2020 has not been a traditional year in any sense of the word. Its elections won’t be, either.
Though election night will yield results from day-of and early votes, its numbers won’t include all absentee or provisional ballots just yet.
Absentee ballots can be received by Virginian registrars by noon Friday, Nov. 6 and registrars have until Nov. 10 to finally calculate and verify every ballot.
According to Albemarle County Registrar Jake Washburne, early in-person votes will be tabulated on election night and reported to the Department of Elections. Localities will have until 11 p.m. that night to report results before pausing and resuming the process the following day.
Washburne says that there has been a “great number of mail-in ballots” that have already been processed — meaning those early votes have been run through the scanning machines but the registrar has not yet hit the button to tabulate them, which registrars cannot do until after 7 p.m., when polls close on Election Day.
Once that happens, for Albemarle at least, the majority of votes will have been counted. As of Nov. 1, more than 41,000 people have already voted in person or by mail. The city of Charlottesville has already seen more than 17,000.
“I suspect that we will be able to report over 90% of all early voting – both in-person and by-mail – on election night,” Washburne explained. “We will then have to wait until after the noon Friday, November 6 deadline to catch the latest-arriving mail-in ballots, under the new law that extended the time period for their return.”
While localities around the 5th Congressional District may have a clearer sense of which candidates prevailed for the U.S. Senate and presidential races on election night or throughout the week, Washburne says it could be a bit longer to learn who will succeed Republican Rep. Denver Riggleman in the U.S. House.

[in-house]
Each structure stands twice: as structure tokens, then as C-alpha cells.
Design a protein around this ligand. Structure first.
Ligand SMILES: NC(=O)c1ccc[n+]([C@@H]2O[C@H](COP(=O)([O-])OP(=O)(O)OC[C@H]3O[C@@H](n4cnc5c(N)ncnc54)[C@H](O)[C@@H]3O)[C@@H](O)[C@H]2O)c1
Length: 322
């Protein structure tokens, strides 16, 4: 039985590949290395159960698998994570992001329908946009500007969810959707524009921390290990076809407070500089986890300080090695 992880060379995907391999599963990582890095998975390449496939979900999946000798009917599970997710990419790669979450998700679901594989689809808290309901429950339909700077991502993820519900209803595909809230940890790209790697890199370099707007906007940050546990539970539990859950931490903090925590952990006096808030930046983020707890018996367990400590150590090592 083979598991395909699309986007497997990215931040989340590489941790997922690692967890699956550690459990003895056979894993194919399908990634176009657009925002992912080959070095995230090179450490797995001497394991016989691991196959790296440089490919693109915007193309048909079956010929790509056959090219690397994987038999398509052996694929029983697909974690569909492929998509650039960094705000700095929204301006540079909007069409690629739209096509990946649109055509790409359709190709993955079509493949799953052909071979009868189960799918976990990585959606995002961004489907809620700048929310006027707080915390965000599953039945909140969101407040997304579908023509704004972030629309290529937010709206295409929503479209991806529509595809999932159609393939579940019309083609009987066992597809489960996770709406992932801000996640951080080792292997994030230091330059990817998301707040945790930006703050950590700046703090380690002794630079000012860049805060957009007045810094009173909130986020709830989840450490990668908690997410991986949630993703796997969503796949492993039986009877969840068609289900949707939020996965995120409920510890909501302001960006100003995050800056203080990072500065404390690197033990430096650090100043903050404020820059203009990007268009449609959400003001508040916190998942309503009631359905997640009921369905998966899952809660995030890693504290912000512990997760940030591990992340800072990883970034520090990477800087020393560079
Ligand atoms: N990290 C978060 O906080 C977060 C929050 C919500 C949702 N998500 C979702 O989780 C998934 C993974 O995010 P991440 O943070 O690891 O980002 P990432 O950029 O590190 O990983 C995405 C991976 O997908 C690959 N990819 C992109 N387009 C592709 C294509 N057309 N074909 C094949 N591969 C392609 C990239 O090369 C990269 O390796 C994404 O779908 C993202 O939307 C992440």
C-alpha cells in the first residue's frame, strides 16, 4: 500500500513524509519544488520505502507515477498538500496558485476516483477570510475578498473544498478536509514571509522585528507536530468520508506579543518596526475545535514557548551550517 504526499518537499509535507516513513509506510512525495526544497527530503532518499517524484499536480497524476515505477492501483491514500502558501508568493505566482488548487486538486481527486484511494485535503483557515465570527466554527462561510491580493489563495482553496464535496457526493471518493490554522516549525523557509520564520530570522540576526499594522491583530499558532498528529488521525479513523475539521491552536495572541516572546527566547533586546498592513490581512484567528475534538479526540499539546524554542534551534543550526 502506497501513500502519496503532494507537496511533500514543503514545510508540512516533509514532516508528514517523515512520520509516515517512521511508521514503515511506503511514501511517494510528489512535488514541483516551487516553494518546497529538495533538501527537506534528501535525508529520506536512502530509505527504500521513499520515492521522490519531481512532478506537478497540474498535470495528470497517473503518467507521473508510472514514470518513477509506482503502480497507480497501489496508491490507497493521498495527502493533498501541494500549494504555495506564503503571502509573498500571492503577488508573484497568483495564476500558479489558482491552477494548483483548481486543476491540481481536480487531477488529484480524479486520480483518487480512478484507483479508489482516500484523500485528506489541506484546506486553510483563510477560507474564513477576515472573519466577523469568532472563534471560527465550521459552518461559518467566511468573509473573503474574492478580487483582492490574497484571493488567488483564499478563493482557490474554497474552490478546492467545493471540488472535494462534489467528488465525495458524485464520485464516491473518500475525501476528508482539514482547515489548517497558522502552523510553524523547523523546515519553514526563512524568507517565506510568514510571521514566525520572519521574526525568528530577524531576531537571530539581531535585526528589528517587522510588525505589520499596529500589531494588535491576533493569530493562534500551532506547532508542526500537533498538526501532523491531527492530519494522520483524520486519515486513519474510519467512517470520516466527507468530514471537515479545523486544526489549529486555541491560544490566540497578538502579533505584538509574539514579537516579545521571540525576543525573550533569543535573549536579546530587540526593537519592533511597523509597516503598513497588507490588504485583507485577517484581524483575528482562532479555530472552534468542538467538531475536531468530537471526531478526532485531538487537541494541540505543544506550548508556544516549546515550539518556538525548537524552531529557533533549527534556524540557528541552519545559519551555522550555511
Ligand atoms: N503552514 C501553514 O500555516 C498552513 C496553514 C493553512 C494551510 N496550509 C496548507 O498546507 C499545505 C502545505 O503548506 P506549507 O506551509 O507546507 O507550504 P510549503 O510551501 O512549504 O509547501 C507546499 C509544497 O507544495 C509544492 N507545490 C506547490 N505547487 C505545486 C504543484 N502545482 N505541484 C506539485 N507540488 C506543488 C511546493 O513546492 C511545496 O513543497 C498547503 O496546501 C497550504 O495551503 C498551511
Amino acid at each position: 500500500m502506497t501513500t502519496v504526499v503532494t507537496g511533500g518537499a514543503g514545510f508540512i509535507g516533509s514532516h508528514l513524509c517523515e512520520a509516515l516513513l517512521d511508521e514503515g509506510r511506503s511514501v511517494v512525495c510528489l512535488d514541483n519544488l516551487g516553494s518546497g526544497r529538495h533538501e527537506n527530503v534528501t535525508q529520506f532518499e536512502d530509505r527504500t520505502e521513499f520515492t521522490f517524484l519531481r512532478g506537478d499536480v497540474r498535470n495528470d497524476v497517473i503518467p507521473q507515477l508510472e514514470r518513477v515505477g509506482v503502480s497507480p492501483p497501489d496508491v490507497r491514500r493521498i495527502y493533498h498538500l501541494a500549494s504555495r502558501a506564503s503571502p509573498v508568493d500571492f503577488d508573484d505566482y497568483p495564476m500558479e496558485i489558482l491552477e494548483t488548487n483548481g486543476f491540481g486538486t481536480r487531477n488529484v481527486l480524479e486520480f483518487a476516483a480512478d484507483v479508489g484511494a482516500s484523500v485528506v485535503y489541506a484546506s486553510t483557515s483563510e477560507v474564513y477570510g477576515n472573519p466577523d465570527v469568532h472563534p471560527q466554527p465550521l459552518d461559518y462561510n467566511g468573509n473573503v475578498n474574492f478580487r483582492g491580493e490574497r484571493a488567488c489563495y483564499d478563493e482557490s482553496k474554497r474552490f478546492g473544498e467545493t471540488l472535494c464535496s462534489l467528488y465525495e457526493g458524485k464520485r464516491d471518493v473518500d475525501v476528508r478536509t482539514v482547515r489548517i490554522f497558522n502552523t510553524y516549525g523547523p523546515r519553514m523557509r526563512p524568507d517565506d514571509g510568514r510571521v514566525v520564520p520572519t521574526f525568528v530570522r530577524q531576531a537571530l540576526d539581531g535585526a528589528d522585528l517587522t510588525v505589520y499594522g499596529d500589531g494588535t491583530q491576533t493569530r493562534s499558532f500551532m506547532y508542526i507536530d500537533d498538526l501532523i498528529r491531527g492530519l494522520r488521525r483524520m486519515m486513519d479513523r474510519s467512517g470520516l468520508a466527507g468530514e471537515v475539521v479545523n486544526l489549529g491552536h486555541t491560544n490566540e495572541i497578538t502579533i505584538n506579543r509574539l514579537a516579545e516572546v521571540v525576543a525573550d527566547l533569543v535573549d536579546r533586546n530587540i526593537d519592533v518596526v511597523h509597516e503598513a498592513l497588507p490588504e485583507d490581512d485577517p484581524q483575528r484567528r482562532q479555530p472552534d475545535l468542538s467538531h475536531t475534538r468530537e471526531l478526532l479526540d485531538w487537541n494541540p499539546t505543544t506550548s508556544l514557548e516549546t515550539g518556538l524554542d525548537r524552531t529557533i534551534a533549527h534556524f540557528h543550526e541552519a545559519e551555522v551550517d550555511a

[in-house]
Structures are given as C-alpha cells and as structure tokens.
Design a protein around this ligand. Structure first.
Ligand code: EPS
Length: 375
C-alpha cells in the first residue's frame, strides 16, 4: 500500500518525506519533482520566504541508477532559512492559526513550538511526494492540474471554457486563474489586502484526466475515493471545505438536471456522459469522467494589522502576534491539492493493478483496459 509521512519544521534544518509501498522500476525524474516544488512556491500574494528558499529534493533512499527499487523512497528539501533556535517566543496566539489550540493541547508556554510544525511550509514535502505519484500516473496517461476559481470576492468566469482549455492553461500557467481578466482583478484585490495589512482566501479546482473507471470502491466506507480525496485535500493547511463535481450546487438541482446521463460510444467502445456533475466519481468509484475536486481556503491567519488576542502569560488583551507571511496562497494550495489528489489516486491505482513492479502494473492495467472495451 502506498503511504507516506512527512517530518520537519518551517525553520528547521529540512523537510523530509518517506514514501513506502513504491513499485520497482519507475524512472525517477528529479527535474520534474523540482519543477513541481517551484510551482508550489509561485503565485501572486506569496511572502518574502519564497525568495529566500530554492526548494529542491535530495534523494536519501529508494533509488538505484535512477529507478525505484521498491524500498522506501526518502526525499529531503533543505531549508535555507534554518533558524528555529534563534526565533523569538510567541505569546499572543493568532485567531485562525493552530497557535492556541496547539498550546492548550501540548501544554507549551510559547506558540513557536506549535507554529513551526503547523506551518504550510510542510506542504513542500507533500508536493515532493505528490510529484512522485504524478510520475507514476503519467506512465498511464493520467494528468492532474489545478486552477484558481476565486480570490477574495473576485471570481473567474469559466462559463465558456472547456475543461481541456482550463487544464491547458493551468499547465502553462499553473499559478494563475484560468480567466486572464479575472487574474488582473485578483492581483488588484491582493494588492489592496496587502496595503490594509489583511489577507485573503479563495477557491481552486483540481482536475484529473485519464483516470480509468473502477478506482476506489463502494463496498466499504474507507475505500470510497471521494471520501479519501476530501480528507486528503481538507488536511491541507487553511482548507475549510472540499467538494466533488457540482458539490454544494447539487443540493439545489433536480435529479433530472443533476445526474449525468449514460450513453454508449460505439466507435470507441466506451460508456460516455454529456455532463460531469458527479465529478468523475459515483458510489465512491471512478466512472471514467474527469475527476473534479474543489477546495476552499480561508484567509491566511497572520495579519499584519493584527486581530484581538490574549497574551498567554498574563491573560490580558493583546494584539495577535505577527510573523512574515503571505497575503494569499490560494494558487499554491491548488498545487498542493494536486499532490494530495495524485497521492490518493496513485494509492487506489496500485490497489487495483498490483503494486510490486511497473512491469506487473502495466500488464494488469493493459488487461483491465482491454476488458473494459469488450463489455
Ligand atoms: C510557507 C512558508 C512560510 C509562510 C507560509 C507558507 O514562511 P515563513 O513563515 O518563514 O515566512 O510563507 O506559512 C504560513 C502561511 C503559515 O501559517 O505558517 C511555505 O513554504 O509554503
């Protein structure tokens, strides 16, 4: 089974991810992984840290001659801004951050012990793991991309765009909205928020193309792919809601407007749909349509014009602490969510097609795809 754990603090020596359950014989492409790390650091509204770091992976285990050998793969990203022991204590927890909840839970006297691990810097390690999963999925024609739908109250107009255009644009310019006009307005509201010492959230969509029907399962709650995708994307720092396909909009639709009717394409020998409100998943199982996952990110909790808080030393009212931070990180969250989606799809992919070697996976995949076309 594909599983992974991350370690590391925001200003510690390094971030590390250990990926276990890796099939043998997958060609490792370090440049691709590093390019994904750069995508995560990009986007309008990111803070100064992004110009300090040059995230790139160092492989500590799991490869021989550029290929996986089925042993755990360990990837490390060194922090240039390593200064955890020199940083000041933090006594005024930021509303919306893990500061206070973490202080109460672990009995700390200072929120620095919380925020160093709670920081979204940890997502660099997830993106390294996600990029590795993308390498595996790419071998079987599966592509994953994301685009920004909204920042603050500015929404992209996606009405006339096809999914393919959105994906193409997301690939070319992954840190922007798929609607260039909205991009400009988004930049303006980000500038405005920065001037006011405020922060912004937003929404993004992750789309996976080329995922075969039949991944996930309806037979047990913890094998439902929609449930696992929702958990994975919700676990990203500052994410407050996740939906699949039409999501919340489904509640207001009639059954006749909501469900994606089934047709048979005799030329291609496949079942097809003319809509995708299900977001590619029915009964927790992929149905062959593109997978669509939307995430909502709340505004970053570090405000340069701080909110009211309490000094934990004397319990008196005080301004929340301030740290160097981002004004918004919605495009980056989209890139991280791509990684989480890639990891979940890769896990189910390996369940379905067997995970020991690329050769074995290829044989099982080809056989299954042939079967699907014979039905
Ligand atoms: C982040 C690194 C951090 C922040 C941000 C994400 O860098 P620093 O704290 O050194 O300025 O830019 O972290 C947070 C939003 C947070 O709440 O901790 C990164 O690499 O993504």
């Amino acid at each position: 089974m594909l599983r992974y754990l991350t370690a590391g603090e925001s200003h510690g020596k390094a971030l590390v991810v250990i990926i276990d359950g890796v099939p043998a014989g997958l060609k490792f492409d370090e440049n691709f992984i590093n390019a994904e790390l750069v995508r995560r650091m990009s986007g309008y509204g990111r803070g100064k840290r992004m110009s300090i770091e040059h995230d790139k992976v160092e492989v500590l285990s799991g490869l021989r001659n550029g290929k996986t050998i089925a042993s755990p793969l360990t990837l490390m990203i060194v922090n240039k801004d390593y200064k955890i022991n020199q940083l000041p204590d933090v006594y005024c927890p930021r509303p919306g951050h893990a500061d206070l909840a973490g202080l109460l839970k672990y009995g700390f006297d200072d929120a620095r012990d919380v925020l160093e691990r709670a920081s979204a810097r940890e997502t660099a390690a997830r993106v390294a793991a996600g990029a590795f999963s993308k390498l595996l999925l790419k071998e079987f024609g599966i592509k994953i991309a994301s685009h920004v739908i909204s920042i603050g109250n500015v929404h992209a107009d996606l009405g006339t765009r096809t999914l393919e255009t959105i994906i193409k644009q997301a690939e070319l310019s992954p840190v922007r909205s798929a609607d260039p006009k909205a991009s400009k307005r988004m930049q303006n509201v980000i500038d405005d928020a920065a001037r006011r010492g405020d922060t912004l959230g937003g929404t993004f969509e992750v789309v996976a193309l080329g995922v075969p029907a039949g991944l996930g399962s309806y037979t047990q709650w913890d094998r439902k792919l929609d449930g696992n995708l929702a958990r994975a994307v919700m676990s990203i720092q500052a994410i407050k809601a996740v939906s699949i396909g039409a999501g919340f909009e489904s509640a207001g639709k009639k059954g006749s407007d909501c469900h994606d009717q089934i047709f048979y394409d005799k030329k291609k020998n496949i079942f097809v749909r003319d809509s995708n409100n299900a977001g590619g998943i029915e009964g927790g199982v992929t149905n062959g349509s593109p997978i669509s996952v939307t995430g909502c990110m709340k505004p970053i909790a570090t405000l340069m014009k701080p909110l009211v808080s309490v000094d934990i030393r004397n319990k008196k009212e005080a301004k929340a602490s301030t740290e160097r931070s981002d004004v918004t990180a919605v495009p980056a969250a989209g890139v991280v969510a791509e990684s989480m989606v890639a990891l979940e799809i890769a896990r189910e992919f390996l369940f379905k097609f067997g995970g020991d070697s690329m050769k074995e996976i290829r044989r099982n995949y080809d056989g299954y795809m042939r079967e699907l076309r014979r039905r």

“The Department of Elections advises me that as of right now — based on analyses done of every congressional race in the country — VA-5 is the closest!” Washburne explained. “So it may be a while before we know the final result on that one.”
Geographically, the 5th District is the state’s largest, spanning more than 20 localities from the North Carolina border and nearly to Maryland’s.
Dr. Cameron Webb, director of health policy and equity at the University of Virginia, has been vying for to represent the district as the first Democrat to hold the seat in a decade, while Bob Good, a former Campbell County supervisor, who identifies as a “bright red conservative” aims to secure the district’s usual Republican leaning.
Throughout the race various reports and polling have indicated close margins between the candidates, with Cook Political Report and UVA professor Larry Sabato’s Crystal Ball both labeling the 5th District as a “toss up.” However, as of Nov. 2, Crystal Ball moved its label back to “leans Republican.”
Polling analysis website FiveThirtyEight has included the race among its forecast of the most competitive congressional races in the country — with the 5th District recently holding the top spot.
Charlottesville Tomorrow also recently examined how the candidates themselves along with the shape, size, and demographics of the district contribute to its politically purple nature.
According to the National Conference of State Legislatures, Virginia is among a dozen states whose election results will be verified in up to seven days, while many states can take up to three weeks — meaning the presidential race could potentially take longer to be verified.
With Nov. 10 as the final deadline for registrars to validate provisional ballots and ascertain election results, it’s possible complete results for the 5th District will not be defined until then.
Election Day is more like Election Week this year in Virginia.